WASHINGTON — The Pentagon's top official said Thursday that Turkey must "do more" to help in the fight against the Islamic State militant group, commonly known as ISIL or ISIS.
US Secretary of Defense Ash Carter called Turkey's participation in anti-ISIL operations "overdue." And while the decision by Turkey to help with the air campaign against the militant group is welcome, Carter specifically called out the need for Turkish forces to secure the border with Syria in order to stop the flow of supplies and ISIL operatives.
"We need them — also, as a neighbor to this conflict zone, as longtime NATO ally and a responsible member of the anti-ISIL coalition — to control the border, the long border that they have with both Syria and Iraq, more than it has been controlled over the last year," Carter said. "It is a border over which logistics for ISIL and fighters cross, and so we're looking for them to do more in that regard as well, and we're in active discussions with them in that regard."
For the last year, Turkey had avoided large-scale engagement with the militant group. However, after an ISIS suicide bomber killed 32 people on a Turkish town bordering Syria on July 20, the government of President Recep Tayyip Erdoğan decided to clear US airstrikes from inside its territory.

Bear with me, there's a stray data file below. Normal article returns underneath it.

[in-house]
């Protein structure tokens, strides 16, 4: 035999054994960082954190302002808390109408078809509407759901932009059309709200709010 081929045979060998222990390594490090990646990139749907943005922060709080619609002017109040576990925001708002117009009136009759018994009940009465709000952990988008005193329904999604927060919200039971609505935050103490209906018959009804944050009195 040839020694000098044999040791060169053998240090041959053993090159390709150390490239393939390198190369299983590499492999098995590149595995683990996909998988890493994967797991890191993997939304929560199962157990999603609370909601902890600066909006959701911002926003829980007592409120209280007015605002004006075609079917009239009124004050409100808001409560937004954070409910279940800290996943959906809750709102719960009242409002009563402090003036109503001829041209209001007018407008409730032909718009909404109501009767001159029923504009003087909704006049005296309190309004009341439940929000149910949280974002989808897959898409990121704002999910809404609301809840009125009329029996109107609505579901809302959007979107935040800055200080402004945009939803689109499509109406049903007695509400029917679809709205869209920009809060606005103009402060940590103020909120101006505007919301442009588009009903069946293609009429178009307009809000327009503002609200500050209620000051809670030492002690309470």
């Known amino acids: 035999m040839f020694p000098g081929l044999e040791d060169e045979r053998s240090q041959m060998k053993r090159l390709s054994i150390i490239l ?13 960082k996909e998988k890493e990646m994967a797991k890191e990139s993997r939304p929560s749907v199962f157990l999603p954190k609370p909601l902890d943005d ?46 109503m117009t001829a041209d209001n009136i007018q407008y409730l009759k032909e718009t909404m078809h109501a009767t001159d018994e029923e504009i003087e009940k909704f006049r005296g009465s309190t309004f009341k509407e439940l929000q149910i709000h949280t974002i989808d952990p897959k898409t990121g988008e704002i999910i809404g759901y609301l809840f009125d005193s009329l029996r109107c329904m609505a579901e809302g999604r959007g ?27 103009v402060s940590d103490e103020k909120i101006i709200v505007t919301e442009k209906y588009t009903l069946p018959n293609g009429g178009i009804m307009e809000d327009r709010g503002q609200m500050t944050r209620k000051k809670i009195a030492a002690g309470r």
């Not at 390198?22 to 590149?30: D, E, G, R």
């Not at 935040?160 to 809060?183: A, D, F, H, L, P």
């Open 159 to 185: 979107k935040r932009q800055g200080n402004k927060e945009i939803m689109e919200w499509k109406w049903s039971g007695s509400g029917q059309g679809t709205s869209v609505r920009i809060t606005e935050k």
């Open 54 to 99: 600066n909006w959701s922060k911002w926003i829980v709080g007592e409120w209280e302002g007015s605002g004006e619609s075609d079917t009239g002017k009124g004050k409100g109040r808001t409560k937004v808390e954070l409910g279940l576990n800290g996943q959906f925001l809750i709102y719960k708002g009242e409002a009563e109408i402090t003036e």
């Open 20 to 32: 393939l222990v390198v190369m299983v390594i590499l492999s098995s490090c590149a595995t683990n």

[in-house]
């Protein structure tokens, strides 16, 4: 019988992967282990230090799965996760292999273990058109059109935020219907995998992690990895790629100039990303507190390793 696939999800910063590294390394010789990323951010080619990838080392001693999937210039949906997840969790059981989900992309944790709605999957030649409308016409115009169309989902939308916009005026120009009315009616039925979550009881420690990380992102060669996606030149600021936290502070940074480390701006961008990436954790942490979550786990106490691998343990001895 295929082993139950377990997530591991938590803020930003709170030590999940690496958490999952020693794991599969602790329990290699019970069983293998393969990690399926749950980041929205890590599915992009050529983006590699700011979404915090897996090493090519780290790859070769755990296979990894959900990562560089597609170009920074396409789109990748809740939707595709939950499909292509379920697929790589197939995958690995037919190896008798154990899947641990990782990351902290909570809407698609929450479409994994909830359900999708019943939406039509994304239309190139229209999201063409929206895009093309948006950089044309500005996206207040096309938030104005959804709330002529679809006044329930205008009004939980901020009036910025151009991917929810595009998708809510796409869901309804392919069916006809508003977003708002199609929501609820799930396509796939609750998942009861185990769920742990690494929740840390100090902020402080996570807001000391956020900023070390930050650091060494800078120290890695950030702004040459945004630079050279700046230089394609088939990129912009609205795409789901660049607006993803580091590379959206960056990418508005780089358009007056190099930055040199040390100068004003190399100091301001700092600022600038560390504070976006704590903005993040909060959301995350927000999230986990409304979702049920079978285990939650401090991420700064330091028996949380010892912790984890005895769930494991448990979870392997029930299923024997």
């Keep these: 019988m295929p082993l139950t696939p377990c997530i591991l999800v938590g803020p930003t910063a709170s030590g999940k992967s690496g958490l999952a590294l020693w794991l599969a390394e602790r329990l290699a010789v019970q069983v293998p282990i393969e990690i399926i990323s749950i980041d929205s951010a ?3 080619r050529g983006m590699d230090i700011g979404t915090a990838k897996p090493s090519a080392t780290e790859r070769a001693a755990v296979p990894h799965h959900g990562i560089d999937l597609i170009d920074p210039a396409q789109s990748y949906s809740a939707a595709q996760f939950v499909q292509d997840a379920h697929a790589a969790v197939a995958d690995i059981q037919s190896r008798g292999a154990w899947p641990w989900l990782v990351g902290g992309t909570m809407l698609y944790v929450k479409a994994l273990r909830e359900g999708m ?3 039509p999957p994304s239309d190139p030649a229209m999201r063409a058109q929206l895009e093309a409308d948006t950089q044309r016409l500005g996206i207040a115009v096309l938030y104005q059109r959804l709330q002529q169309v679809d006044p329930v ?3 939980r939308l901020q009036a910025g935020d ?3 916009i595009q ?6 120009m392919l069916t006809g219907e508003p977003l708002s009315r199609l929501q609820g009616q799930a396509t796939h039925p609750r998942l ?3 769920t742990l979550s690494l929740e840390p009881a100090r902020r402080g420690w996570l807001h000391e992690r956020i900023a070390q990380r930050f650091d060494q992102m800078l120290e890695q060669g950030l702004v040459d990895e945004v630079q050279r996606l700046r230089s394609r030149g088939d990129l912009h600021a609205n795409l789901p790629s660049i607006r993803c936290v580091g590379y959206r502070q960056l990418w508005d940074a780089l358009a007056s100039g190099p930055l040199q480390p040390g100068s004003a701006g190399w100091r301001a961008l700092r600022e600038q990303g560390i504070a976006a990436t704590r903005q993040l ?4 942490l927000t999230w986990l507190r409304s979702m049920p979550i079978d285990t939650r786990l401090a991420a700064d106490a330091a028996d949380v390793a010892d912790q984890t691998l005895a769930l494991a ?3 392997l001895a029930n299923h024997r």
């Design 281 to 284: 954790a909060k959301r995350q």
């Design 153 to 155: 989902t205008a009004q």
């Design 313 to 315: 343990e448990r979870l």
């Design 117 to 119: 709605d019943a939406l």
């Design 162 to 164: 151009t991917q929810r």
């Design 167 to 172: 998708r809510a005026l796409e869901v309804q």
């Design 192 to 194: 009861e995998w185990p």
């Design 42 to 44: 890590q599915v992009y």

On Aug. 4, the US launched its first military strike from Incirlik Air Base, the first such strike conducted after Turkey gave the ok OK for the US to launch strikes from its territory. Since then, US forces have begun launching regular airstrikes, of both have launched manned and unmanned strikes systems, from the Turkish base.
The next step for Turkey, including participation in anti-ISIL strikes, is still being discussed, Carter said. But he waved away the idea that the government is moving slowly on working such agreements.
"I don't think they're dragging their feet — I think their leadership has indicated that this needs to be done," Carter said. "It's overdue because it's a year into the campaign, but they are indicating some considerable effort now, including allowing us to use their airfields. That important, but it's not enough."
With the war against ISIL reaching over surpassing a year and no clear end in sight, Carter denied that the fight is stuck in a "stalemate," instead saying he was "confident" the group can be defeated.
"It is hard work. It is difficult work," he acknowledged, before emphasizing the role of regional partners in the operations.
"I think we have the right strategy," he said. "We're getting Turkey more into the fight now. Iraq, obviously, was in no position to effectively counter ISIl last summer. It is in a better position this summer than last summer."